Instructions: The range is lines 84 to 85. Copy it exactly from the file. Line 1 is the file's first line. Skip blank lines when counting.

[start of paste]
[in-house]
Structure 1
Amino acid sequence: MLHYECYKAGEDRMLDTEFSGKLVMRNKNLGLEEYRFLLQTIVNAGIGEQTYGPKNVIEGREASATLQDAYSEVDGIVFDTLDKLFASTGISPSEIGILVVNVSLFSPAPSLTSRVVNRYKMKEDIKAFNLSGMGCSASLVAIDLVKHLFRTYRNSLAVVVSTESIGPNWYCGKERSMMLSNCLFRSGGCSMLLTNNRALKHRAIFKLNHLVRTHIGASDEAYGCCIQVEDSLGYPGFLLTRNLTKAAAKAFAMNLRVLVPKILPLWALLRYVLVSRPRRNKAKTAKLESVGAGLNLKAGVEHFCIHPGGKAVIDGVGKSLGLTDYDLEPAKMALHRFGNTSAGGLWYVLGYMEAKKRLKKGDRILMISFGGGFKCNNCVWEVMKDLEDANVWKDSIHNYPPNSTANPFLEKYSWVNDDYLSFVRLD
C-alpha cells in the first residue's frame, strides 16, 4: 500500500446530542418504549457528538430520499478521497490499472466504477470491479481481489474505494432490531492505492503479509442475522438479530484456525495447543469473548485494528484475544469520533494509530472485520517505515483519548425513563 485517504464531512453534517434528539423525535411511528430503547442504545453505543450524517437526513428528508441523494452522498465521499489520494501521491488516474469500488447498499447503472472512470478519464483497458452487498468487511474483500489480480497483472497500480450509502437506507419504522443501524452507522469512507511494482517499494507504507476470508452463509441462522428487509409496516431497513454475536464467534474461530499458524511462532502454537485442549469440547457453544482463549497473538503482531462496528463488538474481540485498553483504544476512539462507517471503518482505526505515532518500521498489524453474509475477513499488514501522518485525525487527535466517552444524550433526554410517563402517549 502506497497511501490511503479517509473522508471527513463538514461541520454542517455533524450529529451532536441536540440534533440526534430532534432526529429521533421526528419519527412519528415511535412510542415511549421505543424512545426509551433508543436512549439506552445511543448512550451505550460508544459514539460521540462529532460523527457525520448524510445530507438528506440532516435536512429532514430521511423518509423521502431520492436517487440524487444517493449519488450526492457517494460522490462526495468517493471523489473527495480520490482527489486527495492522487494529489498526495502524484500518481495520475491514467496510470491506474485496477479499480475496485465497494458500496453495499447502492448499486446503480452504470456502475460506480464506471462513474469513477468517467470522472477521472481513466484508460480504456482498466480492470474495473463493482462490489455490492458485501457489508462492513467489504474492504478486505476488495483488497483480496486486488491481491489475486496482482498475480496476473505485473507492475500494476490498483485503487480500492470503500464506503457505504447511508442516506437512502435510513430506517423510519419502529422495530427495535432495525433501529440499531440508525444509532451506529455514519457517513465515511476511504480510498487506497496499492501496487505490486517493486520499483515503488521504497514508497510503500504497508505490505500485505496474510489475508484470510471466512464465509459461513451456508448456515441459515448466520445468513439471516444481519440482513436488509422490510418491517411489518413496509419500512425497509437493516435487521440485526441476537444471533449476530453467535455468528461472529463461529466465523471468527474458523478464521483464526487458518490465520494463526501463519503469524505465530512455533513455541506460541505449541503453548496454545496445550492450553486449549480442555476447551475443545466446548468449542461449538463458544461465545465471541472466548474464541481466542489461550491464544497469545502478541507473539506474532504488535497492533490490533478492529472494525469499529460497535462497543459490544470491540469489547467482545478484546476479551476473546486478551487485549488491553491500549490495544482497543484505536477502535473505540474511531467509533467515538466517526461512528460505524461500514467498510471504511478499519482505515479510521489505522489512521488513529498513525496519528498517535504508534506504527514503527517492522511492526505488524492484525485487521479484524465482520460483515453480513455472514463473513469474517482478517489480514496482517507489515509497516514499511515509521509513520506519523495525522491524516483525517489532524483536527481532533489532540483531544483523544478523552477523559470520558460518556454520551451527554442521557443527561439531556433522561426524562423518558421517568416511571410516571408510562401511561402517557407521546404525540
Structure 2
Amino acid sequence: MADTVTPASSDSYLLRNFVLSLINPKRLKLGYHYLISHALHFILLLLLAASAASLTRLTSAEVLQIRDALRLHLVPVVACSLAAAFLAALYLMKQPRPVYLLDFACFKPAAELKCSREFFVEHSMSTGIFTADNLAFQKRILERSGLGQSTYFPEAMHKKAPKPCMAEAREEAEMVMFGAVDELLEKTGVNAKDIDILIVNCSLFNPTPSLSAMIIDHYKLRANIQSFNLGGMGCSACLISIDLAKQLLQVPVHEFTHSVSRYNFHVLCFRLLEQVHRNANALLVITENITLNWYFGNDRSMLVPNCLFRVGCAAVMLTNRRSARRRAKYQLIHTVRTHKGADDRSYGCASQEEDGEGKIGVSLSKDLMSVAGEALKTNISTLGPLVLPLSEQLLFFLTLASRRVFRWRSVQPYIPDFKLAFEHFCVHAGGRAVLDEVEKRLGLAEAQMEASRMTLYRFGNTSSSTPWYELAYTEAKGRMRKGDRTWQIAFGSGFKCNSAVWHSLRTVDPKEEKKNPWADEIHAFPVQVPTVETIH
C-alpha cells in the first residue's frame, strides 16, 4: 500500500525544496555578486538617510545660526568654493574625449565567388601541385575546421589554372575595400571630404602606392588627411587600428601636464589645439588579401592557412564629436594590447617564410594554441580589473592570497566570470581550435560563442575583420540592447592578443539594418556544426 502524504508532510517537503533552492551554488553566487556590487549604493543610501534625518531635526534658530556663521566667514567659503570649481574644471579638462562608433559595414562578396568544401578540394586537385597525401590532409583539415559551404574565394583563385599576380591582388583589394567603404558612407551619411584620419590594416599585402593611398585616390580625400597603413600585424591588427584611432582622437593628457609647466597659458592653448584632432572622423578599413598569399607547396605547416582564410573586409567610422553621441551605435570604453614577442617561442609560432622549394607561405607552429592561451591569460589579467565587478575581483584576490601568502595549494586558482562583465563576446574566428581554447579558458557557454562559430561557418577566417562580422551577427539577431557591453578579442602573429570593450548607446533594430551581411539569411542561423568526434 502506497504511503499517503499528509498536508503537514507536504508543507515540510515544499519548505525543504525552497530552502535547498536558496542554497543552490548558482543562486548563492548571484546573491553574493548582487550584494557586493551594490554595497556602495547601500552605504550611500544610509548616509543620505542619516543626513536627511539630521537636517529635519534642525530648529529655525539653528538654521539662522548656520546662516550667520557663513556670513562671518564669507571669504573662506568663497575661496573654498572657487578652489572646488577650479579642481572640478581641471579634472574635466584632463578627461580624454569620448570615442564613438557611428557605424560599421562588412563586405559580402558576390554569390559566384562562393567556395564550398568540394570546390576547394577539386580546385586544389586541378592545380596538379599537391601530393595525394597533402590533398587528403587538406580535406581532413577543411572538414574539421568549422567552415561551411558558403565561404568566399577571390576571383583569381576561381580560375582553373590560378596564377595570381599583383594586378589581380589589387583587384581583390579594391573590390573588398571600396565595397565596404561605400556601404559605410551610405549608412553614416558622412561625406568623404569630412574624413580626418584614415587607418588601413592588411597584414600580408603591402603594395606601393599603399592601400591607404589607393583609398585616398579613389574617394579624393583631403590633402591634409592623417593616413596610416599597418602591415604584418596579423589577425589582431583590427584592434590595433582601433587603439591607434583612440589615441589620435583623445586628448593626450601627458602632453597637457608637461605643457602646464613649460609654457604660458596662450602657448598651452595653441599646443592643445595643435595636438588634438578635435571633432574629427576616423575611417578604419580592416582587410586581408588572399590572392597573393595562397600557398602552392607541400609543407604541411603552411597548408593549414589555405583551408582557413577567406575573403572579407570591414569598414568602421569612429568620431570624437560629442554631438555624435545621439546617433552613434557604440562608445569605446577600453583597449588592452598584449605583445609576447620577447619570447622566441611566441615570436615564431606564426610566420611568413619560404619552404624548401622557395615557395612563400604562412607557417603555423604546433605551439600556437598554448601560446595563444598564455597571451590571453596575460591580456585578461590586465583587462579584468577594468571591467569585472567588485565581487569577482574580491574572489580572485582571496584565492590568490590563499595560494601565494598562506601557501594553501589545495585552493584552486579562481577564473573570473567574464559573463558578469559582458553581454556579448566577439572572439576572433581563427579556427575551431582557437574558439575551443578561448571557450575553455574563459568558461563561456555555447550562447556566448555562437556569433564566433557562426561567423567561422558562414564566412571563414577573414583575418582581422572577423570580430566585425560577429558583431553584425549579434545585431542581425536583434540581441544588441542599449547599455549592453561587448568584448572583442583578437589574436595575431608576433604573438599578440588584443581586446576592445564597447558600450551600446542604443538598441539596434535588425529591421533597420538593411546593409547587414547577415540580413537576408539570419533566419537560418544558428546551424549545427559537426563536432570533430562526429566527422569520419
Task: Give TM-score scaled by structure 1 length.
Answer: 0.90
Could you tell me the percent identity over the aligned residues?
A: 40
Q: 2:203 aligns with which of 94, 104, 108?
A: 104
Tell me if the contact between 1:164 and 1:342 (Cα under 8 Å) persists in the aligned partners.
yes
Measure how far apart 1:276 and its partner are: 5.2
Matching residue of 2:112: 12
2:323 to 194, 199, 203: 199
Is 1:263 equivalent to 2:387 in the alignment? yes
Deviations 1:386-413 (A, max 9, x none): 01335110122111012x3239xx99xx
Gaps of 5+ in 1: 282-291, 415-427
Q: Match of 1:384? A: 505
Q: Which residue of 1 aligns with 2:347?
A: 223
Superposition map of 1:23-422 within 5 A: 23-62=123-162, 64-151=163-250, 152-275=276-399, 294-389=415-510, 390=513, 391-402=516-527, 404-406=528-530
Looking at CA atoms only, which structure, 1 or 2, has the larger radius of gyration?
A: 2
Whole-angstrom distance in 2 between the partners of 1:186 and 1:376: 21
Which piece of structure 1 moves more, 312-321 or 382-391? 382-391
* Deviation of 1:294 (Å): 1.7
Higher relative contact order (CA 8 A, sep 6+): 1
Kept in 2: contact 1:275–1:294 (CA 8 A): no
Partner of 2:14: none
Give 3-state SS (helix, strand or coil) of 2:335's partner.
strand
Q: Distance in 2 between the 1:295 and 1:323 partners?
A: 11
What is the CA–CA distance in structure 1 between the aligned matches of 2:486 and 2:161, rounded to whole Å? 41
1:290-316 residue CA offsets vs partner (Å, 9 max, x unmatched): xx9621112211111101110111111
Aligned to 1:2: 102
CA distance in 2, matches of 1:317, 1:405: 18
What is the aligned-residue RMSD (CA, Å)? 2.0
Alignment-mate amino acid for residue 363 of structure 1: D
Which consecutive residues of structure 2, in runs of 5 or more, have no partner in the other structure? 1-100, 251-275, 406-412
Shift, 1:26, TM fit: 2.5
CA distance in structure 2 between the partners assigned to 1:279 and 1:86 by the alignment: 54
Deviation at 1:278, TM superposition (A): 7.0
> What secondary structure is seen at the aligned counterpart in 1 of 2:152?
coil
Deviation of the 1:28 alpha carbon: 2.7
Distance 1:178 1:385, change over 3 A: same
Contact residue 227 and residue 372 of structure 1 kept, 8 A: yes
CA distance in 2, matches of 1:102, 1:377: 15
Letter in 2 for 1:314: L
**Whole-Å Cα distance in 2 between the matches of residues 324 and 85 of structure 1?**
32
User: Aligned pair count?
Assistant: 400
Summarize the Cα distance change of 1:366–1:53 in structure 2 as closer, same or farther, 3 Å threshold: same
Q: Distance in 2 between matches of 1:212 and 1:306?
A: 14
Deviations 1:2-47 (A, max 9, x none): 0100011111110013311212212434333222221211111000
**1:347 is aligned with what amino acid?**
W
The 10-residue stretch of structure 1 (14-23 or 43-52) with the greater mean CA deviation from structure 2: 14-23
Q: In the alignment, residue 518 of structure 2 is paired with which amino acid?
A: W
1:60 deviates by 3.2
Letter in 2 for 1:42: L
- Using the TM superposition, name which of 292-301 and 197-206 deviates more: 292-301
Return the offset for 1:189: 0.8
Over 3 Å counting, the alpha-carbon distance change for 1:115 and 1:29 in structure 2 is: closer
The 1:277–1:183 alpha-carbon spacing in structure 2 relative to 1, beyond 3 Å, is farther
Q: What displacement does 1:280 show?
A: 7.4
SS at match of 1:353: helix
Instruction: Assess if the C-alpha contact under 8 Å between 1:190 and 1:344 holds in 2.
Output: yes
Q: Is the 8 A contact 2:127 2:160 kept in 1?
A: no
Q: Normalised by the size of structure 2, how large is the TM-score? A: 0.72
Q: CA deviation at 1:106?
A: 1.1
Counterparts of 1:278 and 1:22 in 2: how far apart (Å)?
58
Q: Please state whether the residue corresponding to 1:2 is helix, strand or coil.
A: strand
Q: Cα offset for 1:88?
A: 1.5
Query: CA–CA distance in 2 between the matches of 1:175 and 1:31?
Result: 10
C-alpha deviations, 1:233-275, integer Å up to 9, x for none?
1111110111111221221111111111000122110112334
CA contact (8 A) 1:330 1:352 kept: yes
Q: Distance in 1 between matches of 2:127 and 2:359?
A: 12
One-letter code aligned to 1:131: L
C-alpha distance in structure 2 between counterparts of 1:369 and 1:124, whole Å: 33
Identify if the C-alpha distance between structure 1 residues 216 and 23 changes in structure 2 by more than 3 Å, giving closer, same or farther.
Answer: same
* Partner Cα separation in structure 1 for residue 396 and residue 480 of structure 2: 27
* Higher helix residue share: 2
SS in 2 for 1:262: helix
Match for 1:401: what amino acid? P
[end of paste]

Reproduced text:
Counterparts of 1:278 and 1:22 in 2: how far apart (Å)?
58